(RightWing.org) – The former Soviet Union surprised the world when it launched the first artificial satellite, Sputnik 1, in October 1957. Weighing only about 184 pounds, the basketball-sized crewless spacecraft orbited the Earth every 96 minutes until 1958, when it fell out of orbit and burned in the planet’s atmosphere. A recent report compared the resulting race to conquer space and the current arms race between the US and its adversaries.
On July 19, The Hill published an opinion piece discussing America’s so-called “Sputnik moment.” Penned by former Navy Rear Admiral and Veteran’s Affairs Assistant Secretary for Operations Donald Loren, the op-ed detailed recent efforts by China and Russia to advance their hypersonic weapons programs.
Loren reported that the Russians had been using Kh-47M2 Kinzhal ballistic missiles as part of its war effort in Ukraine. The weapons travel at hypersonic speeds, with some reports indicating they can travel as fast as Mach 10. The system entered service in late 2017 and can carry conventional and nuclear warheads. Ukraine reportedly shot down a few Kh-47s using US Patriot Missile systems.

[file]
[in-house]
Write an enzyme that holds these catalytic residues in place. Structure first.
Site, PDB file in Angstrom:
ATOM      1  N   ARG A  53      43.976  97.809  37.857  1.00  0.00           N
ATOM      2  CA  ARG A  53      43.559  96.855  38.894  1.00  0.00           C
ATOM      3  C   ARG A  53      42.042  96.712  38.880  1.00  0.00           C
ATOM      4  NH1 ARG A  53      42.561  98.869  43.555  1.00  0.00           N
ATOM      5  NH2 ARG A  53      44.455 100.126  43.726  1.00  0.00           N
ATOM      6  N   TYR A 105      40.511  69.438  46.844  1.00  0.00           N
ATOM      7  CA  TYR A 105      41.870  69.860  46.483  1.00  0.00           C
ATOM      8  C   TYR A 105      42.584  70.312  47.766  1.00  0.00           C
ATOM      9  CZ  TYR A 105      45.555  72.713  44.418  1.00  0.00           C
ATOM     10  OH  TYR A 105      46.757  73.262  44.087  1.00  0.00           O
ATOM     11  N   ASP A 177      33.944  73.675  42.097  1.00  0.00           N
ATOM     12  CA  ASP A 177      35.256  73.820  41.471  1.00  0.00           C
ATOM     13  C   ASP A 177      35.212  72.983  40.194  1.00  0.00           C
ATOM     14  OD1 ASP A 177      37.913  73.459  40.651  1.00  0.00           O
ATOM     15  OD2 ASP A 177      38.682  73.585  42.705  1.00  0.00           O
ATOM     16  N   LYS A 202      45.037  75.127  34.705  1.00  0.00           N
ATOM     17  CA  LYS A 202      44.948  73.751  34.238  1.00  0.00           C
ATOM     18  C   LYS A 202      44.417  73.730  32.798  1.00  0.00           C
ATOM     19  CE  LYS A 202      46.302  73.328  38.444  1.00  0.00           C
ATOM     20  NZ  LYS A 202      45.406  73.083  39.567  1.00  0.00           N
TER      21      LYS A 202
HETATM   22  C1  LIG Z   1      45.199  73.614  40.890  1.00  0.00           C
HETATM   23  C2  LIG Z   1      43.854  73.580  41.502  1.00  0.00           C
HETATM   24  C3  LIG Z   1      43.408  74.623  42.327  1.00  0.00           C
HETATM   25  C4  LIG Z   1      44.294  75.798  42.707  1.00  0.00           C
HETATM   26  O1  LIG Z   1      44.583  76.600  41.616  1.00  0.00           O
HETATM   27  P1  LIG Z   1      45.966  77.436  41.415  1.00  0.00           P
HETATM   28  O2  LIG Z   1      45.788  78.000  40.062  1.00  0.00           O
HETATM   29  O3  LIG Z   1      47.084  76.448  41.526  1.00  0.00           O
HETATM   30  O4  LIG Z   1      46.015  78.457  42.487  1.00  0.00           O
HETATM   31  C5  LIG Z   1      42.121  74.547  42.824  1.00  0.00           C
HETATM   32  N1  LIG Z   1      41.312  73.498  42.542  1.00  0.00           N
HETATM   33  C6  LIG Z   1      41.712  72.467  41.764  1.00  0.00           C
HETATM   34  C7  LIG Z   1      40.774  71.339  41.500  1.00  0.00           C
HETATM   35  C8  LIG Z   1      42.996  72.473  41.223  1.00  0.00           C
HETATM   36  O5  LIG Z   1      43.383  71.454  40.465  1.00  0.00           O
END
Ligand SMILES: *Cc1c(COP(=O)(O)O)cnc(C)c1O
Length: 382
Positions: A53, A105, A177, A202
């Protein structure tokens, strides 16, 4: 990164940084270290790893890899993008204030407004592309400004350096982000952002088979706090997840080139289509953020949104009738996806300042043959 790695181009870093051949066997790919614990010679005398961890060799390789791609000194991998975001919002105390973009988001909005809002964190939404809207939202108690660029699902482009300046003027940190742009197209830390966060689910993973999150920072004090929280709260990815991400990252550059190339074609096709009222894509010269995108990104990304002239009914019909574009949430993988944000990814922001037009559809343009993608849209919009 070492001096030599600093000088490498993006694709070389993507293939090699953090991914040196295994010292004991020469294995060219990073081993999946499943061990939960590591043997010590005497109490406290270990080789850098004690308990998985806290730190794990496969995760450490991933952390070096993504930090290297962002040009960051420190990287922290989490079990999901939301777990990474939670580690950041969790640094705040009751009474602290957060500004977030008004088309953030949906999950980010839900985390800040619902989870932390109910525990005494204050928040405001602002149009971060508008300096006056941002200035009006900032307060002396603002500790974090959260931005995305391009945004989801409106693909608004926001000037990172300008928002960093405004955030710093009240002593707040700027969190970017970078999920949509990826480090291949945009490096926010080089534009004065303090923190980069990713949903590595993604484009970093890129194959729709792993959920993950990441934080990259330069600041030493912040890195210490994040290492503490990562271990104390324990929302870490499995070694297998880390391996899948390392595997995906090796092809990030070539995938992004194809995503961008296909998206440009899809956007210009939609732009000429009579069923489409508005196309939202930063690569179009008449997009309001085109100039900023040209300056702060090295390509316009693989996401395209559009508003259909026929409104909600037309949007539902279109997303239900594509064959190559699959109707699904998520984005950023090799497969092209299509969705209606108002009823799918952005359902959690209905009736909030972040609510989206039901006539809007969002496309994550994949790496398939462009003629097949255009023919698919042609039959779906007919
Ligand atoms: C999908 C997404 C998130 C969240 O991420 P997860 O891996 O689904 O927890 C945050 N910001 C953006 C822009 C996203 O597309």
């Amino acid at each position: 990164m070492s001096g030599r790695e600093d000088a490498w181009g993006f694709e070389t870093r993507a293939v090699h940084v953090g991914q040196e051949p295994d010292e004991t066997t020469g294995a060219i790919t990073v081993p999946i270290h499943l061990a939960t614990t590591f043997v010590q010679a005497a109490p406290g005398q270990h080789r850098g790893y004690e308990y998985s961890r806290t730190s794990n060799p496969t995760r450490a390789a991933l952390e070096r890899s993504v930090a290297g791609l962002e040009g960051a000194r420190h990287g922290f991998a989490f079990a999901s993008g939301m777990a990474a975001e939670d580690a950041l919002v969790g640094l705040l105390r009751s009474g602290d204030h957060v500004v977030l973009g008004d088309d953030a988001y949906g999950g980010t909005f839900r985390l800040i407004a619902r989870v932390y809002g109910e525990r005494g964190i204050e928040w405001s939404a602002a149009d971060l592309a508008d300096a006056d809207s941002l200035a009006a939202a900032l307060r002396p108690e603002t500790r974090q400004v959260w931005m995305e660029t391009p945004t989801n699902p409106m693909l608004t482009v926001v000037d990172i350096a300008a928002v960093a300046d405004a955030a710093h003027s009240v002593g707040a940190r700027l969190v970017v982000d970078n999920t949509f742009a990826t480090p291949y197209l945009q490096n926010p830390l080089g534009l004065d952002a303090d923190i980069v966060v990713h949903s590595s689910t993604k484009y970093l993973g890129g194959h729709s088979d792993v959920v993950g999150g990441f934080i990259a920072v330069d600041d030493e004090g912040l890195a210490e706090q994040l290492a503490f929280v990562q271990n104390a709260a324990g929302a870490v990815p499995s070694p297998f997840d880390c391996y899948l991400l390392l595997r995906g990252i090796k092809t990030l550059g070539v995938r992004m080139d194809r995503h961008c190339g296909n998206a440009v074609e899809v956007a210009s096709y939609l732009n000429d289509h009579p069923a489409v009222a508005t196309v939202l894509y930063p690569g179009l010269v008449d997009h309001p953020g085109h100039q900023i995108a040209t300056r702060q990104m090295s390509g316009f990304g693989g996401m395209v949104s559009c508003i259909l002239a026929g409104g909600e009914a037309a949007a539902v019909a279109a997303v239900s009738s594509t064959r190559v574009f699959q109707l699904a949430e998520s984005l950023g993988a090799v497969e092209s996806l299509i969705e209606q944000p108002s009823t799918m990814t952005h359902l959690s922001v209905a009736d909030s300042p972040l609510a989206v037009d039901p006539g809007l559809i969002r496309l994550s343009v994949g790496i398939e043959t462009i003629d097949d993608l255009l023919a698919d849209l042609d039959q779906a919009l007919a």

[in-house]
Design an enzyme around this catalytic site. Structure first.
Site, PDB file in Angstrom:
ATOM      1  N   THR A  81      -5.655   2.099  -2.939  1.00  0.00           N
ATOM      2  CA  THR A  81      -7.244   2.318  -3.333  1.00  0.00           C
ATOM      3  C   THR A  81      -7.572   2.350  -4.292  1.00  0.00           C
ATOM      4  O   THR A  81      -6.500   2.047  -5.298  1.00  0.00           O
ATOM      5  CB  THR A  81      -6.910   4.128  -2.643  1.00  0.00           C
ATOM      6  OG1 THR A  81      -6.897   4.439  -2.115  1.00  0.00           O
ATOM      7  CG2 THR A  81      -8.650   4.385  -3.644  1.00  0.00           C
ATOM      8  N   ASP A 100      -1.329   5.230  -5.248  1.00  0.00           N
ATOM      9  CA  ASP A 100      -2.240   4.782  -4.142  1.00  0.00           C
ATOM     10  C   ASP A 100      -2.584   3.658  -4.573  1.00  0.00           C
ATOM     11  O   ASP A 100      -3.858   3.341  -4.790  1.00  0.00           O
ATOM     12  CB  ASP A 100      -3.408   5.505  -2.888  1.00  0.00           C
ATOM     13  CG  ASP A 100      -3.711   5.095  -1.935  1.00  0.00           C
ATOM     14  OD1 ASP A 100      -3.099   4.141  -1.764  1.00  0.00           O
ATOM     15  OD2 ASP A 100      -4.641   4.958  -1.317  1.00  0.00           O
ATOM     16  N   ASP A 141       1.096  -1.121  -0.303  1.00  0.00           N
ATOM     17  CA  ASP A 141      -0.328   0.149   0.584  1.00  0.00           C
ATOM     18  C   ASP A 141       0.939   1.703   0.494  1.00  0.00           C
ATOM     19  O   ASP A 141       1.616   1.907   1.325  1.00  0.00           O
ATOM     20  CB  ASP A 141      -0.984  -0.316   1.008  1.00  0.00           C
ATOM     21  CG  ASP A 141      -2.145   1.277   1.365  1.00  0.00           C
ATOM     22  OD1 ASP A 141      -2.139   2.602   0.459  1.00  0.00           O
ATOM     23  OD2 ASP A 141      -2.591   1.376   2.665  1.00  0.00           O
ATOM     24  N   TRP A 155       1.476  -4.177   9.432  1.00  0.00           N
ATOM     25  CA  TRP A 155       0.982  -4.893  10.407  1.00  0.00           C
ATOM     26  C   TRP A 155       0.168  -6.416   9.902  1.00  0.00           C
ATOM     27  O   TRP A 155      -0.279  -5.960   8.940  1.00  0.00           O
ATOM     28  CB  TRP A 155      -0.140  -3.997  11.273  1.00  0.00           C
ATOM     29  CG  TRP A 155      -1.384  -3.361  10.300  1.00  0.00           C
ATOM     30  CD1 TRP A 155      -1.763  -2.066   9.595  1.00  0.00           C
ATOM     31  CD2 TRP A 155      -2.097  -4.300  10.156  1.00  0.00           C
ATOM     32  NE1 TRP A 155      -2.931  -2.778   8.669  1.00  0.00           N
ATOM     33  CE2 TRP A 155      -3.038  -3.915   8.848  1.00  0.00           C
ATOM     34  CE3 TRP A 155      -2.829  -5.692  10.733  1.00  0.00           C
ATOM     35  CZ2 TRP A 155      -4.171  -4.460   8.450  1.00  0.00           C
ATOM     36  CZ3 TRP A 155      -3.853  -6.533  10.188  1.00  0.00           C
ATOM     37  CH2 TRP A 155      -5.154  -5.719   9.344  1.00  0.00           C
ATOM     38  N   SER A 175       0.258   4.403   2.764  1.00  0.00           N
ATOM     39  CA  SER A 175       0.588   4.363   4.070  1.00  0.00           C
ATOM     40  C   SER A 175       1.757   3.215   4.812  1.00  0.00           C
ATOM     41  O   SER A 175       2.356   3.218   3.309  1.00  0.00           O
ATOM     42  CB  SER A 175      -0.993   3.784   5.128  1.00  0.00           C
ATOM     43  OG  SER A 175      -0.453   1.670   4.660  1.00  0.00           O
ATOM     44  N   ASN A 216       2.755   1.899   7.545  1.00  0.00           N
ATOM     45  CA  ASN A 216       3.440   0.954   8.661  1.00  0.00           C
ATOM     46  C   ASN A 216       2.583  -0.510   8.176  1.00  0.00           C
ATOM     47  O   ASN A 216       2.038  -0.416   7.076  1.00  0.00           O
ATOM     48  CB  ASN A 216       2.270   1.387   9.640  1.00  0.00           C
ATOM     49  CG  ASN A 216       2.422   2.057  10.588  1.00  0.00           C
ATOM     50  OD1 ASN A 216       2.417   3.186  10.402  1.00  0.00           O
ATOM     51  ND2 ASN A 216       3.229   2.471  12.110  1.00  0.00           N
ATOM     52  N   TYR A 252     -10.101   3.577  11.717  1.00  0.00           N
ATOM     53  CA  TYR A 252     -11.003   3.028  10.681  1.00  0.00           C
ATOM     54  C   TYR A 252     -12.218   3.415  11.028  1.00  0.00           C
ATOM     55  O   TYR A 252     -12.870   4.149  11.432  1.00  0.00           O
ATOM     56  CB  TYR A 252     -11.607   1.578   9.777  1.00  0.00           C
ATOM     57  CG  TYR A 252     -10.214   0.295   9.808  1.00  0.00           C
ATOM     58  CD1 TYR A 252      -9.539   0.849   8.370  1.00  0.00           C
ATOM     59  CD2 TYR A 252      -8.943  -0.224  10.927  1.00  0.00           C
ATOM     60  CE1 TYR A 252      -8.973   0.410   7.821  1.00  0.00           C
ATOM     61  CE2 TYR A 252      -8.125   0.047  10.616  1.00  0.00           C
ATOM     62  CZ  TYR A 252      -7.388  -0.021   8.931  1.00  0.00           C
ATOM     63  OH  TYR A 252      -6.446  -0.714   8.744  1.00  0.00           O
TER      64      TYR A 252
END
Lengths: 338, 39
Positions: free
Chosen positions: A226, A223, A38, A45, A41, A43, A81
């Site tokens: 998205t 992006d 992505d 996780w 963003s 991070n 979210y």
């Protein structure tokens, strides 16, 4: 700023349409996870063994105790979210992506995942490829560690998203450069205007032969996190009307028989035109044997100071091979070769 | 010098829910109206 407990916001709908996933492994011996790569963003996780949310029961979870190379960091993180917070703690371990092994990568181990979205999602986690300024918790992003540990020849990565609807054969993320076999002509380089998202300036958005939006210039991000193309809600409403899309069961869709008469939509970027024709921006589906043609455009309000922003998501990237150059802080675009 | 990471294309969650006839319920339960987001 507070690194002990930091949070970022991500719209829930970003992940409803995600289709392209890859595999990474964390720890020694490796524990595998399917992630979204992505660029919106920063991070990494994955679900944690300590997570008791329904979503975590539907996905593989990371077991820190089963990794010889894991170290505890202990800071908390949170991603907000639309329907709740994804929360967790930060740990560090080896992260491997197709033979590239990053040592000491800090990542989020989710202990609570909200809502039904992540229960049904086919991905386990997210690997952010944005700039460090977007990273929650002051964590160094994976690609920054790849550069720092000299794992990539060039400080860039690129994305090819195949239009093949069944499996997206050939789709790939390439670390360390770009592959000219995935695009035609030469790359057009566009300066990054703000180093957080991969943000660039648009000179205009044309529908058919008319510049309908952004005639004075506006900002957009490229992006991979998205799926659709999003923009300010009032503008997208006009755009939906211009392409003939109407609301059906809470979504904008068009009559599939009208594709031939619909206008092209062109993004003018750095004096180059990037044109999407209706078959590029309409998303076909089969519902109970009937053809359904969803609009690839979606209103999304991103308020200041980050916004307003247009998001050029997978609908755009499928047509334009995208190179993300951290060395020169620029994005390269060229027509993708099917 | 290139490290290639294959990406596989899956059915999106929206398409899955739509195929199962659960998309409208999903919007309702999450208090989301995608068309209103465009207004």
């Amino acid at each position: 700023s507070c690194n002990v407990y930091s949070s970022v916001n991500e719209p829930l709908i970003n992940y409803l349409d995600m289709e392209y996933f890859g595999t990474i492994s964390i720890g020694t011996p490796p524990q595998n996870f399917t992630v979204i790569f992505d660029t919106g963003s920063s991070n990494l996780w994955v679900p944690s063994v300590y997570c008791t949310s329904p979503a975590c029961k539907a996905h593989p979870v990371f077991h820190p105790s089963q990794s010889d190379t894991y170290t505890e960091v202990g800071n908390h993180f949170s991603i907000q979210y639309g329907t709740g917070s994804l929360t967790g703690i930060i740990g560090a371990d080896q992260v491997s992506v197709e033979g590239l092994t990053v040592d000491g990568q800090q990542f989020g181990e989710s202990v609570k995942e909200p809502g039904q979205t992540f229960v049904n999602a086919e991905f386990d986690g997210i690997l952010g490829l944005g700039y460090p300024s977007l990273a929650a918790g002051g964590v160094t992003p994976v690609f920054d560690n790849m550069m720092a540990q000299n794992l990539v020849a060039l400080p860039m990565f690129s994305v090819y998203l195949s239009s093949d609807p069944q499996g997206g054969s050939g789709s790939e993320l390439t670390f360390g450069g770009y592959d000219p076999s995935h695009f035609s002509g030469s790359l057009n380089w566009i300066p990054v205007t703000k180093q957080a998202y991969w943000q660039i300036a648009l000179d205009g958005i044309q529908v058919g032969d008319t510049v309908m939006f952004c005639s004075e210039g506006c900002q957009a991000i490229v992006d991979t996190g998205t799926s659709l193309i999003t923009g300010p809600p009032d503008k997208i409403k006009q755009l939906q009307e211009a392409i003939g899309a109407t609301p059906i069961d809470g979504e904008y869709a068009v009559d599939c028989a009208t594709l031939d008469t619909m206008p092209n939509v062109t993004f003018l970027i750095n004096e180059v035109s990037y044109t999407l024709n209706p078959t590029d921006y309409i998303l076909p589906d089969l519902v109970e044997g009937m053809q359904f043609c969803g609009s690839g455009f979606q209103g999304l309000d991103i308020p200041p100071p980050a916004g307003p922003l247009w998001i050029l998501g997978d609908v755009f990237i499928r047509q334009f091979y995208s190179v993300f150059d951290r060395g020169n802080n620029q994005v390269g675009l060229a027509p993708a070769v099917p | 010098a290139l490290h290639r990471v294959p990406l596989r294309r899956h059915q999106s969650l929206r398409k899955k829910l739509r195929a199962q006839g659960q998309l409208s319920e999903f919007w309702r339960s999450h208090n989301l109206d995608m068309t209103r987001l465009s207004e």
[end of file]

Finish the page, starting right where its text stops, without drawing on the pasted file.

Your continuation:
Similarly, the Chinese reportedly have more advanced hypersonic weapons than the Russians. For instance, the communist country officially unveiled the Dongfeng-41 solid-fueled intercontinental ballistic missile system in later 2019. With a range of nearly 7,500 of miles, the missile reportedly can reach a top speed of Mach 25, leaving comparable US systems in its dust. China also started using the Dongfeng-17, a medium-range ballistic missile system, at about the same time. Described as a hypersonic glide vehicle instead of a conventional reentry warhead, it can reach speeds of Mach 5 to Mach 10.
Inversely, Loren noted that American defense contractors remain stuck in the research, development, and testing stages of hypersonic weapons. Turning his attention back to Russia’s Sputnik program, he offered some reason for hope using historical precedent.
Loren explained that former President Dwight Eisenhower prioritized America’s space program, and scientists launched the Explorer 1 satellite, a superior spacecraft, in February 1958. He followed up five months later by signing the National Aeronautics and Space Act of 1958, which established NASA.
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